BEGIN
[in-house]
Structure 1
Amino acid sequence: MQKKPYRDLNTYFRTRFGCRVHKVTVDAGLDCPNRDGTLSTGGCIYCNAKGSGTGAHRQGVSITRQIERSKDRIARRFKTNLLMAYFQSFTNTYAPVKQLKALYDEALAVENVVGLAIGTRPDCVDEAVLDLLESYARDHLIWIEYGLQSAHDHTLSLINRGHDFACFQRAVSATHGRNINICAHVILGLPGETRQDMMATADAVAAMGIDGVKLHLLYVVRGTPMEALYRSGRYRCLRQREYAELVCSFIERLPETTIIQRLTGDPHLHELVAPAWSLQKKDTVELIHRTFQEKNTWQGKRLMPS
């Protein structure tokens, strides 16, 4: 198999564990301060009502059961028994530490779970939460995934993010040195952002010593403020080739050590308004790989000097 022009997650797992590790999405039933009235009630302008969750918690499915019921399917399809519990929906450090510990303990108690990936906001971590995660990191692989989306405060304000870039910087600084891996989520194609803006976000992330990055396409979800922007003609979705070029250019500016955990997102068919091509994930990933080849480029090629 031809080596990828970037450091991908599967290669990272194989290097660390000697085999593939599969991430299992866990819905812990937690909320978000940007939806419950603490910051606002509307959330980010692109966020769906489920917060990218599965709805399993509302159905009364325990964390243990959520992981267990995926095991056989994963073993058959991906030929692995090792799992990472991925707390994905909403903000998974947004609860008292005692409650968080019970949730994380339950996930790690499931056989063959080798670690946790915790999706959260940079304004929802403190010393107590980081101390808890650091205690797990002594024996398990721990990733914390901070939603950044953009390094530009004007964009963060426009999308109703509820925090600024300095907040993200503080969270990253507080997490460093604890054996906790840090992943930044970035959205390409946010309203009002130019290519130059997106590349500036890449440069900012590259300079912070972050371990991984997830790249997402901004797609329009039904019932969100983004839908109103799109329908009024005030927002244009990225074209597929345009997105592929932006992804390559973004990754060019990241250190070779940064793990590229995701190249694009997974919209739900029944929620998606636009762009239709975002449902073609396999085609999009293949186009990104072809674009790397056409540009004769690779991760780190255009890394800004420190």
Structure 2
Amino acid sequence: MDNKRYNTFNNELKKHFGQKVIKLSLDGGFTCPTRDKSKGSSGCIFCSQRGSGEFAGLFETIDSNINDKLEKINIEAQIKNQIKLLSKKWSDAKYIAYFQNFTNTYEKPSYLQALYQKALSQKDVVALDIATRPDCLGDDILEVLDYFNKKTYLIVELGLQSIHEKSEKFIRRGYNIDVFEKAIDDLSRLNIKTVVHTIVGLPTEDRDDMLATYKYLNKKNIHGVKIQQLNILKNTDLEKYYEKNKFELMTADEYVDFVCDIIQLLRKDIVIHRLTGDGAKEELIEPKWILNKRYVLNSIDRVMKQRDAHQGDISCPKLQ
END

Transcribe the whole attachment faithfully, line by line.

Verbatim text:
[in-house]
Structure 1
Amino acid sequence: MQKKPYRDLNTYFRTRFGCRVHKVTVDAGLDCPNRDGTLSTGGCIYCNAKGSGTGAHRQGVSITRQIERSKDRIARRFKTNLLMAYFQSFTNTYAPVKQLKALYDEALAVENVVGLAIGTRPDCVDEAVLDLLESYARDHLIWIEYGLQSAHDHTLSLINRGHDFACFQRAVSATHGRNINICAHVILGLPGETRQDMMATADAVAAMGIDGVKLHLLYVVRGTPMEALYRSGRYRCLRQREYAELVCSFIERLPETTIIQRLTGDPHLHELVAPAWSLQKKDTVELIHRTFQEKNTWQGKRLMPS
């Protein structure tokens, strides 16, 4: 198999564990301060009502059961028994530490779970939460995934993010040195952002010593403020080739050590308004790989000097 022009997650797992590790999405039933009235009630302008969750918690499915019921399917399809519990929906450090510990303990108690990936906001971590995660990191692989989306405060304000870039910087600084891996989520194609803006976000992330990055396409979800922007003609979705070029250019500016955990997102068919091509994930990933080849480029090629 031809080596990828970037450091991908599967290669990272194989290097660390000697085999593939599969991430299992866990819905812990937690909320978000940007939806419950603490910051606002509307959330980010692109966020769906489920917060990218599965709805399993509302159905009364325990964390243990959520992981267990995926095991056989994963073993058959991906030929692995090792799992990472991925707390994905909403903000998974947004609860008292005692409650968080019970949730994380339950996930790690499931056989063959080798670690946790915790999706959260940079304004929802403190010393107590980081101390808890650091205690797990002594024996398990721990990733914390901070939603950044953009390094530009004007964009963060426009999308109703509820925090600024300095907040993200503080969270990253507080997490460093604890054996906790840090992943930044970035959205390409946010309203009002130019290519130059997106590349500036890449440069900012590259300079912070972050371990991984997830790249997402901004797609329009039904019932969100983004839908109103799109329908009024005030927002244009990225074209597929345009997105592929932006992804390559973004990754060019990241250190070779940064793990590229995701190249694009997974919209739900029944929620998606636009762009239709975002449902073609396999085609999009293949186009990104072809674009790397056409540009004769690779991760780190255009890394800004420190």
Structure 2
Amino acid sequence: MDNKRYNTFNNELKKHFGQKVIKLSLDGGFTCPTRDKSKGSSGCIFCSQRGSGEFAGLFETIDSNINDKLEKINIEAQIKNQIKLLSKKWSDAKYIAYFQNFTNTYEKPSYLQALYQKALSQKDVVALDIATRPDCLGDDILEVLDYFNKKTYLIVELGLQSIHEKSEKFIRRGYNIDVFEKAIDDLSRLNIKTVVHTIVGLPTEDRDDMLATYKYLNKKNIHGVKIQQLNILKNTDLEKYYEKNKFELMTADEYVDFVCDIIQLLRKDIVIHRLTGDGAKEELIEPKWILNKRYVLNSIDRVMKQRDAHQGDISCPKLQ